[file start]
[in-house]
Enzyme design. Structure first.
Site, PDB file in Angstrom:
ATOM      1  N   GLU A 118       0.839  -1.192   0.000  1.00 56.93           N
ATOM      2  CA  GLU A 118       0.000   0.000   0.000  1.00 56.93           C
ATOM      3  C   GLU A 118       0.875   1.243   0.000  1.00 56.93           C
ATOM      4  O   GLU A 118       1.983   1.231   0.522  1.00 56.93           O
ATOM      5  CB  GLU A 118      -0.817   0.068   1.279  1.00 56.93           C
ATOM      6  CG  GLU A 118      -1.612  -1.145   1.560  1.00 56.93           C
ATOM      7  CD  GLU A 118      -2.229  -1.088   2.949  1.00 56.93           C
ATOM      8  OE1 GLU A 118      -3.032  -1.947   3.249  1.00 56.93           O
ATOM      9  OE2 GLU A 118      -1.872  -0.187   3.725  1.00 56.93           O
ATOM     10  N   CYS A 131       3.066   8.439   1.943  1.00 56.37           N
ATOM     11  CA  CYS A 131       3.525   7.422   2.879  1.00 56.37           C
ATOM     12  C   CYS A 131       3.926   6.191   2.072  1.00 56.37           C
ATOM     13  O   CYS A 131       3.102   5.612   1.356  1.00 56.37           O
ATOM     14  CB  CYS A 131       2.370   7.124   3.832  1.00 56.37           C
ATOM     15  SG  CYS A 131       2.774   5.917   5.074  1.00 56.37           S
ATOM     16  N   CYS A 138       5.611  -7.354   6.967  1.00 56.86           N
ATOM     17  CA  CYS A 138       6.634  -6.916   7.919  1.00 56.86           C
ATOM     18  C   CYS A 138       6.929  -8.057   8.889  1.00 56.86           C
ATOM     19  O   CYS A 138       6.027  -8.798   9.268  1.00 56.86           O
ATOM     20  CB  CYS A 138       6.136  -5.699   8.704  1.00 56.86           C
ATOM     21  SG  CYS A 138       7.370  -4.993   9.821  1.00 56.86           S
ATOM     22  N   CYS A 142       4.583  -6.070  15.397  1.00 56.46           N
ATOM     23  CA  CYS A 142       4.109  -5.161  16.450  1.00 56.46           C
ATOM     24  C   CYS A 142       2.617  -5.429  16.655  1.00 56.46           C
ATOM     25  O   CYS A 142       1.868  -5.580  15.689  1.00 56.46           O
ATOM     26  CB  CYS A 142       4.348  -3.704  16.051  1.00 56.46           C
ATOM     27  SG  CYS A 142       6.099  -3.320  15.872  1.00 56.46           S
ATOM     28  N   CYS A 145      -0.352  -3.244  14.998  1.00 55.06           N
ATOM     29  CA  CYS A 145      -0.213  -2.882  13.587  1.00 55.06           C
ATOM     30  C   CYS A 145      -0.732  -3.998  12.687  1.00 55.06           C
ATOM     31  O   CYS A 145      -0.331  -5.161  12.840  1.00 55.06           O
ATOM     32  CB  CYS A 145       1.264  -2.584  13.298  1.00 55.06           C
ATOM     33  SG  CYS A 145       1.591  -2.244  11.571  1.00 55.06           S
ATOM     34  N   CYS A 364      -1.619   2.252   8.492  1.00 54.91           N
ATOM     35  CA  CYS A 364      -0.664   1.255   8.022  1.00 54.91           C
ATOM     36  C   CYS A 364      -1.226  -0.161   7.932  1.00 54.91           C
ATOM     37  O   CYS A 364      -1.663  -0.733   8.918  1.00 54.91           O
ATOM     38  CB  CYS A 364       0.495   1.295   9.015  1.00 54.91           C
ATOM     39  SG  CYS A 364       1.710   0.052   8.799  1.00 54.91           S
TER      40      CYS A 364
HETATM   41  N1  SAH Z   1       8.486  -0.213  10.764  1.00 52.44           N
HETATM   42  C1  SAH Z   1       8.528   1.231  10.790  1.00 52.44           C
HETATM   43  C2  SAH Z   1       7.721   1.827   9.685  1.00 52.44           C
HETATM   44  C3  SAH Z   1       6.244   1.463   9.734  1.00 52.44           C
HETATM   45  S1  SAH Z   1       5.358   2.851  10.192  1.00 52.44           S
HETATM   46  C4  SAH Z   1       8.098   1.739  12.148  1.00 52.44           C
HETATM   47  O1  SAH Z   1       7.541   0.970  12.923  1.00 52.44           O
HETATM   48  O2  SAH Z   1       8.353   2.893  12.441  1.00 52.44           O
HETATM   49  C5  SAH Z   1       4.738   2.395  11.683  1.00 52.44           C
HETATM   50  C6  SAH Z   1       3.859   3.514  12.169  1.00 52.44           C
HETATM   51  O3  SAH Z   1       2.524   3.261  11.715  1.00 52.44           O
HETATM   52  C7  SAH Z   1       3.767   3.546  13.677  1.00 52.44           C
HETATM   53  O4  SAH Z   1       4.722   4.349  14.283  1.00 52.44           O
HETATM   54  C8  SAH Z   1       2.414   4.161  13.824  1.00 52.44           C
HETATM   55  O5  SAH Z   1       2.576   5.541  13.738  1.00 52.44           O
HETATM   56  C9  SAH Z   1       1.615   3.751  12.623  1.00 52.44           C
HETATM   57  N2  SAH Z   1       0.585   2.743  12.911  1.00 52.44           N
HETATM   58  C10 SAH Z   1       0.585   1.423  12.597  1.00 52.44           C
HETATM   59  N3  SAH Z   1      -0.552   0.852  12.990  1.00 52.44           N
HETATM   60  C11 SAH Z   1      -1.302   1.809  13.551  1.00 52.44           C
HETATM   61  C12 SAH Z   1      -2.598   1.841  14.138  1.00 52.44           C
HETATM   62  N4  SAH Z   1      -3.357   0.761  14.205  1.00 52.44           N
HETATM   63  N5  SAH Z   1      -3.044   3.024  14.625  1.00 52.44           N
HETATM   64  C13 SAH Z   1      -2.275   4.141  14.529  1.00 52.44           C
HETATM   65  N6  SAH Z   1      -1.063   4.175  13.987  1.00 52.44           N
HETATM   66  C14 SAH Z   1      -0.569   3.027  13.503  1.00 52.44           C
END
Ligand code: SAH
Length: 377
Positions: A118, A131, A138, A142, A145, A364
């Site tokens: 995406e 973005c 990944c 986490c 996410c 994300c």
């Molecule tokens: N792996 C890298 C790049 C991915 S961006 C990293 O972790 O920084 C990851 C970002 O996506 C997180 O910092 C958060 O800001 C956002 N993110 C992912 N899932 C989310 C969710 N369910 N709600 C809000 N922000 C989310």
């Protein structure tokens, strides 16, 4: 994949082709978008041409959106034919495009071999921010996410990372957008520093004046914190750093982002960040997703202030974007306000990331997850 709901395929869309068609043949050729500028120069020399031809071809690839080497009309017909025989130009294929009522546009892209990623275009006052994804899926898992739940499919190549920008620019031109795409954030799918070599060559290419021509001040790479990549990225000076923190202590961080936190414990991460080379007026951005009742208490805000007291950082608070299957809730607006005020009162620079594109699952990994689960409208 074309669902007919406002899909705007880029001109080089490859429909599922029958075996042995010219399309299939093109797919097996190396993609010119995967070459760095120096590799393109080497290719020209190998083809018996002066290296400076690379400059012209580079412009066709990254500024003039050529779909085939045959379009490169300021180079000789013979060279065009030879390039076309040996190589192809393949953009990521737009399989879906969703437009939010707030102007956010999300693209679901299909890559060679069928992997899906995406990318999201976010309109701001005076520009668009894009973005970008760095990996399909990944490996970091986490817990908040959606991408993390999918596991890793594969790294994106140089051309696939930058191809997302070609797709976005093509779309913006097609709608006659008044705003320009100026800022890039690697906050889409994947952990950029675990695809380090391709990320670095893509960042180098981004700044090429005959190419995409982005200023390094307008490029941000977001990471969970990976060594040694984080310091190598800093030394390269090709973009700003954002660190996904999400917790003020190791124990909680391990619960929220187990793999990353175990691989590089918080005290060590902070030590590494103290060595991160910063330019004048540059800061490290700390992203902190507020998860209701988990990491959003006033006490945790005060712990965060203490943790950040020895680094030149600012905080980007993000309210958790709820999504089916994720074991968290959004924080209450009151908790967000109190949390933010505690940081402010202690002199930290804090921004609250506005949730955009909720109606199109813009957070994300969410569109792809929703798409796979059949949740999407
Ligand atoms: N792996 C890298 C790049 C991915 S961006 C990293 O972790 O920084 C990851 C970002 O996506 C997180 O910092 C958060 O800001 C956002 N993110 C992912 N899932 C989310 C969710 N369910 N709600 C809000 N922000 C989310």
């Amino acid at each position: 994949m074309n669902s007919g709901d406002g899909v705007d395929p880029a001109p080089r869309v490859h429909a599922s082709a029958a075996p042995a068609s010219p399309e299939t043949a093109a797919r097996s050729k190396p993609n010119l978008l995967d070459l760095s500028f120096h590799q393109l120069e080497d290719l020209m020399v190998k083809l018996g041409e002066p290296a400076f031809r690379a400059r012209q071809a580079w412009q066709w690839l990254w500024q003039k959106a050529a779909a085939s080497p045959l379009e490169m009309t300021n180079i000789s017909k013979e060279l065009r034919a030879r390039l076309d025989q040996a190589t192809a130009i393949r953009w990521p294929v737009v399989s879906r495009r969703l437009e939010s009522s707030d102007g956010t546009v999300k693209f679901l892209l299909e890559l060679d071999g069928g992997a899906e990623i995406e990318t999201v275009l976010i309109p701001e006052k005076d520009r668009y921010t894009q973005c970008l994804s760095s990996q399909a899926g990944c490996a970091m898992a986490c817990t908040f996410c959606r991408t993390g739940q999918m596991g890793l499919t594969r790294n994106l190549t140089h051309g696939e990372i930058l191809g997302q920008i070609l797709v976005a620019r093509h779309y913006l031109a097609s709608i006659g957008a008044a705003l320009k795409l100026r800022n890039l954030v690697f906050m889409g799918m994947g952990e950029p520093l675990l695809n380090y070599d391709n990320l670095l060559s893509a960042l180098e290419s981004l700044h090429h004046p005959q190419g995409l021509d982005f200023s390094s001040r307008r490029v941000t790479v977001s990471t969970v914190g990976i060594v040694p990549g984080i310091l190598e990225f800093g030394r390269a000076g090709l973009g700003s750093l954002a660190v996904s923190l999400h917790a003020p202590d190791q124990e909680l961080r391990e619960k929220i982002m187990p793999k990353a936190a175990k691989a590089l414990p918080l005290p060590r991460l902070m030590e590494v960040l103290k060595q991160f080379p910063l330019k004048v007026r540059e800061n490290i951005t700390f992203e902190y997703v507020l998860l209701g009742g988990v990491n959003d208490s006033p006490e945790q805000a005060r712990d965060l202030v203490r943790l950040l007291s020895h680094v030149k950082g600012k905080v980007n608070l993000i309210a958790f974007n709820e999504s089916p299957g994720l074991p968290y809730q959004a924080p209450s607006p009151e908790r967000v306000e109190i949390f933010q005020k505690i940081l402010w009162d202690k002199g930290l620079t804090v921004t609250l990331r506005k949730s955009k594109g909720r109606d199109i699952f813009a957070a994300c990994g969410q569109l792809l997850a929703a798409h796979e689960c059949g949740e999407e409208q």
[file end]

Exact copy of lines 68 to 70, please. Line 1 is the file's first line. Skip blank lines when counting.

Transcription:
HETATM   65  N6  SAH Z   1      -1.063   4.175  13.987  1.00 52.44           N
HETATM   66  C14 SAH Z   1      -0.569   3.027  13.503  1.00 52.44           C
END